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Hon Stuart Nash

MP for Napier

Minister of Police, Fisheries, Revenue, and Small Business

Contact Hon Stuart Nash

Hon. Stuart Nash was elected Labour MP for Napier in 2014. He was sworn in as Minister of Police, Revenue, Fisheries and for Small Business in October 2017 following the general election.

Mr. Nash first entered politics in 2008 as a list MP and has been the Labour spokesperson for Police, Energy, Revenue, Forestry, Economic Development and Land Information.

In his maiden speech Mr Nash described himself as first and foremost a public servant, employed by the people of New Zealand; and as a social democrat committed to sustainable economic development and growth.

Prior to entering politics Minister Nash worked in senior management in small and large organisations in both the private and public sectors. His wide-ranging career has included roles in IT, sales and marketing, business strategy, resource planning, strategic planning and general management. 

Mr. Nash completed a Bachelor of Arts (History) at Victoria University before moving to Canterbury University where he gained a Post Graduate Diploma in Forestry and a Masters in Forestry Science. He also holds a Post Graduate Diploma and Master’s Degree in Business Management and a Master of Law.

He is the great grandson of the third Labour Prime Minister Sir Walter Nash, and grew up in Napier where his father was a local lawyer and his mother was a school dental nurse.

He attended Napier Boys High School where he was a prefect and captain of the debating team and where his sporting interests included rugby, cricket and representative tennis. He is married to Sarah and has four children. He is currently a member of the Parliamentary cross-party rugby team, and enjoys all sports but these days more from an armchair than a court, pitch or field.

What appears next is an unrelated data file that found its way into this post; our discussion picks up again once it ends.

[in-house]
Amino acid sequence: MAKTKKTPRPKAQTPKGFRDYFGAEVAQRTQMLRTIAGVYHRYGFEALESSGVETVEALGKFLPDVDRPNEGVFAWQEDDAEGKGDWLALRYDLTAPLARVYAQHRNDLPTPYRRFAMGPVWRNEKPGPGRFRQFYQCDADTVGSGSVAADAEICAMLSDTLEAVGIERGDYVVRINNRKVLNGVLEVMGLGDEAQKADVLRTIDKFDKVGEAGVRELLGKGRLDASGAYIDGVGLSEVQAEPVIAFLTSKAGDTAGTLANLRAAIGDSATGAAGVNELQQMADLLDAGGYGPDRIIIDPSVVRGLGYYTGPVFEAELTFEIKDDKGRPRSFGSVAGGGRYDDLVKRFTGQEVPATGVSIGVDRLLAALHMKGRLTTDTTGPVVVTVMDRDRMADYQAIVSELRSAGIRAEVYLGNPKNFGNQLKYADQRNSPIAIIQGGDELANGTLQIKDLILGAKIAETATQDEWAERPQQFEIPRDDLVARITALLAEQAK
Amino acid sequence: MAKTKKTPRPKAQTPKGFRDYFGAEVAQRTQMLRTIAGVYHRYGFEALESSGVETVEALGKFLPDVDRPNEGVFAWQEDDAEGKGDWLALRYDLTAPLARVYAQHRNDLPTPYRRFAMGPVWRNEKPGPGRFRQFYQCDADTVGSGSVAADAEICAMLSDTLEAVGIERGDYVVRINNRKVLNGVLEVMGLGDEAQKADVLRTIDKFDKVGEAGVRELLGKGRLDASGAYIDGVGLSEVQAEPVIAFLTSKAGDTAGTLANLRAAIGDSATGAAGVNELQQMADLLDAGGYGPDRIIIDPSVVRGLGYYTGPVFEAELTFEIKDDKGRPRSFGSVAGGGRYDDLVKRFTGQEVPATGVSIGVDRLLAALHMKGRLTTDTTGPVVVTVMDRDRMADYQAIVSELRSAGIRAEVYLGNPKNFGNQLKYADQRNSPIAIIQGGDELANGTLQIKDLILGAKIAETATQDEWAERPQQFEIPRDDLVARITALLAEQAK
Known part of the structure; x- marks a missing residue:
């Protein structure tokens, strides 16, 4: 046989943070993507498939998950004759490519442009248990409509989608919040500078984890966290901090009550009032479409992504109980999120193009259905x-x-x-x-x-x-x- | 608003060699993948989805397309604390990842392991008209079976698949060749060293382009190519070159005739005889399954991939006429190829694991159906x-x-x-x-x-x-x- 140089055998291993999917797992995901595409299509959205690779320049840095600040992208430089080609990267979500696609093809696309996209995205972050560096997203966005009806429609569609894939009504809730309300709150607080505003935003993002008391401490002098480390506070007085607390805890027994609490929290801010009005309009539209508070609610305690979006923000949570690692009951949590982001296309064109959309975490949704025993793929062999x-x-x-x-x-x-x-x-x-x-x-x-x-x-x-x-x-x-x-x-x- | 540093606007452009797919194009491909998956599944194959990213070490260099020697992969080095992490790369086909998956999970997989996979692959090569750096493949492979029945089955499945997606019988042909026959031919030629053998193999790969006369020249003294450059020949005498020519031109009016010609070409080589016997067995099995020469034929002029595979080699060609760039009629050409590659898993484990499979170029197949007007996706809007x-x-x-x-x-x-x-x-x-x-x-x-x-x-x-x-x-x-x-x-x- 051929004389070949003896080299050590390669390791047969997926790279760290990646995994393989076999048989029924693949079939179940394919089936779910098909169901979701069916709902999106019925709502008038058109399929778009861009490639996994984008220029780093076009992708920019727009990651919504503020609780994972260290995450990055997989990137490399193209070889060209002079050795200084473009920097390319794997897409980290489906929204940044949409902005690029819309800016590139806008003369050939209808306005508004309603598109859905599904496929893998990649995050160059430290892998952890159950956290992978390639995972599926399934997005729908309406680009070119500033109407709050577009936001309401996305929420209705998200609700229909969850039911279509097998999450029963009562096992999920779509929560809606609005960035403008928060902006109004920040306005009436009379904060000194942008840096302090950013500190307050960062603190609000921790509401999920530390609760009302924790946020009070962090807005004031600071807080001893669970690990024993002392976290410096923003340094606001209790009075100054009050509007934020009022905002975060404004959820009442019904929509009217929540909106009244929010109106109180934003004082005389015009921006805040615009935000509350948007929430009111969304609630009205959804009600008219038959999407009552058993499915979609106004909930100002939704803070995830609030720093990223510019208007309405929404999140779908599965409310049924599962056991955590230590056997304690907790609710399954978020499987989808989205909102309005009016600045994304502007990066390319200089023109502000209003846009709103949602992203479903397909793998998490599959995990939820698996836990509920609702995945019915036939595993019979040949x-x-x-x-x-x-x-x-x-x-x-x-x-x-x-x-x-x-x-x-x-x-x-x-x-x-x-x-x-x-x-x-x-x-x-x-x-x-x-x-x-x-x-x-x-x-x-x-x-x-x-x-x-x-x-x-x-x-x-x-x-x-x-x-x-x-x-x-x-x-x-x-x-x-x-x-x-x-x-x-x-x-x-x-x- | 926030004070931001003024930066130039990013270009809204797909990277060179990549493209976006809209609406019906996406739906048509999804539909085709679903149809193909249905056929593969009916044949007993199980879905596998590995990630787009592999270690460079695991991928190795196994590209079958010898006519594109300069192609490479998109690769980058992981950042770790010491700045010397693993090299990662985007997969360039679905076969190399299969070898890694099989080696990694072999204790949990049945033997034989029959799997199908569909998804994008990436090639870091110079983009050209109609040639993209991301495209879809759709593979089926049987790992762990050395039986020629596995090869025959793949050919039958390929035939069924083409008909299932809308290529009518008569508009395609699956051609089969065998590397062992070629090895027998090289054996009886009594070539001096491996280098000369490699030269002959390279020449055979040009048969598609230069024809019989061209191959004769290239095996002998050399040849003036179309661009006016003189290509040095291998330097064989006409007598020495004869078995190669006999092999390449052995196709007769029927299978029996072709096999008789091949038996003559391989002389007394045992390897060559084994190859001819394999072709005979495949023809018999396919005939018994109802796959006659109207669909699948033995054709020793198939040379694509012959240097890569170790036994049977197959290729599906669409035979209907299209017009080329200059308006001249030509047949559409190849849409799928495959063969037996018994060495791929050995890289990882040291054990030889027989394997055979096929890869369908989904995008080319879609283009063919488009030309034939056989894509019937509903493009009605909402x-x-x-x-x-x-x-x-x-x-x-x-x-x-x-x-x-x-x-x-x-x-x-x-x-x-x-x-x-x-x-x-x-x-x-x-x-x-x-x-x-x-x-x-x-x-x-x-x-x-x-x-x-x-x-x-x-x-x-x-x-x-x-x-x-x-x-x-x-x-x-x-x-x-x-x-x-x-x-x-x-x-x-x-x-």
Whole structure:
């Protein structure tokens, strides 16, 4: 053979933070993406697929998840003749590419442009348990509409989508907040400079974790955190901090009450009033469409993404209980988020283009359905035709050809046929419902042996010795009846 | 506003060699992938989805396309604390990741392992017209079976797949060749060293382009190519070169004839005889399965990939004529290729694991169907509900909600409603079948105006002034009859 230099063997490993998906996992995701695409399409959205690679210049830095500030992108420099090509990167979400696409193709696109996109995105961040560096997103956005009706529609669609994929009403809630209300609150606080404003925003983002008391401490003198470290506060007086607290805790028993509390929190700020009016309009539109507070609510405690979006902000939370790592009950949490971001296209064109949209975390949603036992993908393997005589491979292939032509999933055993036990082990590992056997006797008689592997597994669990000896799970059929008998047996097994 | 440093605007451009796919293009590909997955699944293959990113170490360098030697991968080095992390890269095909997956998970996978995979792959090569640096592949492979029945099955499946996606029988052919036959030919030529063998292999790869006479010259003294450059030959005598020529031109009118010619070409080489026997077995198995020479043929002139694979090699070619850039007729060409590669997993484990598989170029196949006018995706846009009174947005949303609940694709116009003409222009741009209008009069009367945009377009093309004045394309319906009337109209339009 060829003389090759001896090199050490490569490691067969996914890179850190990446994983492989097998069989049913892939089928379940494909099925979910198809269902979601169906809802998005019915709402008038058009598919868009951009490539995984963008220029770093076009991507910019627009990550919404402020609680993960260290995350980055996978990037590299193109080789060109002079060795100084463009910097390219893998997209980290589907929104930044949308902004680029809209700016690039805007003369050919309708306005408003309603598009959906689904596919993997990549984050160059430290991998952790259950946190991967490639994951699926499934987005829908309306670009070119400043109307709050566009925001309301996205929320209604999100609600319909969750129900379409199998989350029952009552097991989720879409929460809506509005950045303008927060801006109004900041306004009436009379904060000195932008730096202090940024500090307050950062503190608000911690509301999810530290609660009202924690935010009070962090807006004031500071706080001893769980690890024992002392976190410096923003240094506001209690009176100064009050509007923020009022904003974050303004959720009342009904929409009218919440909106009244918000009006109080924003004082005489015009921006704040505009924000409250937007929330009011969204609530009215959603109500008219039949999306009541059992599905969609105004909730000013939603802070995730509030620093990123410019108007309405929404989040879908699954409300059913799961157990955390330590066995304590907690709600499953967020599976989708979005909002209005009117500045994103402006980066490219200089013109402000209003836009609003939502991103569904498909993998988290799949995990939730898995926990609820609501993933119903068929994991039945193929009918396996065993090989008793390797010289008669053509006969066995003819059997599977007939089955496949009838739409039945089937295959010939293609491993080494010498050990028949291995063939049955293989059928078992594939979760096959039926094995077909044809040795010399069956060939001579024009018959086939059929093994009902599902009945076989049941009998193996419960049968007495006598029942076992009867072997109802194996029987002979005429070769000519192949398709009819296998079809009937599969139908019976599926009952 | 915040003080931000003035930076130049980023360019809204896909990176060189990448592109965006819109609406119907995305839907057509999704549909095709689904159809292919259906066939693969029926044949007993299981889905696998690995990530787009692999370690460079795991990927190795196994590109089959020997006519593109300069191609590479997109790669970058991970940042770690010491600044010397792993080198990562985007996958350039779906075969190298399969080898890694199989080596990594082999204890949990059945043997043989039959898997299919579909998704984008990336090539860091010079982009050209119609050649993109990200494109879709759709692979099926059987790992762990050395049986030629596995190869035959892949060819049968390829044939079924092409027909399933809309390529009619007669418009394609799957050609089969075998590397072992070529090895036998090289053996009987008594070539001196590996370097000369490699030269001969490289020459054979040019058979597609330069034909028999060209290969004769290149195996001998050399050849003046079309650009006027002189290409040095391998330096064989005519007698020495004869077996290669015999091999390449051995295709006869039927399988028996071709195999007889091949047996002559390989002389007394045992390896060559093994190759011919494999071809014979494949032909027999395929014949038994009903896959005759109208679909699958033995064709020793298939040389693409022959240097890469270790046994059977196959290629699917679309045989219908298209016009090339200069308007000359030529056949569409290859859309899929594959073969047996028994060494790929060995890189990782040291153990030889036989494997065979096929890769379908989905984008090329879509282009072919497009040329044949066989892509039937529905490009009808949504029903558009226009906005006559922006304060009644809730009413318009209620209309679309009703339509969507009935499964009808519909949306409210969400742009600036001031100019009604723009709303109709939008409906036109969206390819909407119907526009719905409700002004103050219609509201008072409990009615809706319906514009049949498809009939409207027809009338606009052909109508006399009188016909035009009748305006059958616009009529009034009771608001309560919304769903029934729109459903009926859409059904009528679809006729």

Contact Hon Stuart Nash

Napier electorate office

Phone: 06 835 6093
Email: stuart.nashmp@parliament.govt.nz

155A Tennyson Street, Napier South, Napier
PO Box 827, Napier 4140

Parliamentary office

Phone: 04 817 8712
Email: stuart.nash@parliament.govt.nz

Freepost PO Box 18 888
Parliament Buildings, Wellington 6160


Latest from Hon Stuart Nash

e-Invoicing to boost productivity

October 17, 2018

Small Business Minister Stuart Nash is encouraging the Australian and New Zealand public to provide feedback on a joint electronic invoicing (e-Invoicing) initiative that will save businesses time and money.

“Research indicates that the economic benefits of e-Invoicing could exceed $30 billion over ten years, thanks to the significant productivity gains it offers,” says Mr Nash.

“E-Invoicing gets rid of the manual handling of bills so the process becomes faster and more accurate and therefore the chances of problems and delays occurring are reduced. It’s like internet banking where my bank system accepts payments from your bank system.

“To emphasise the scale, New Zealand and Australian businesses process around 1.3 billion invoices annually, and e-Invoicing aims to help them save time and money by allowing the direct exchange of invoices between suppliers’ and buyers’ financial systems.

“This Government is committed to growing the economy and working with businesses to encourage productivity. We want to create a seamless trans-Tasman business environment and e-Invoicing is part of that.

“We’re looking for people to give us feedback on the framework that will be used for the day to day operation of e-Invoicing in Australia and New Zealand,” says Mr Nash.

The framework will be based on international standards that allow information to be shared more efficiently.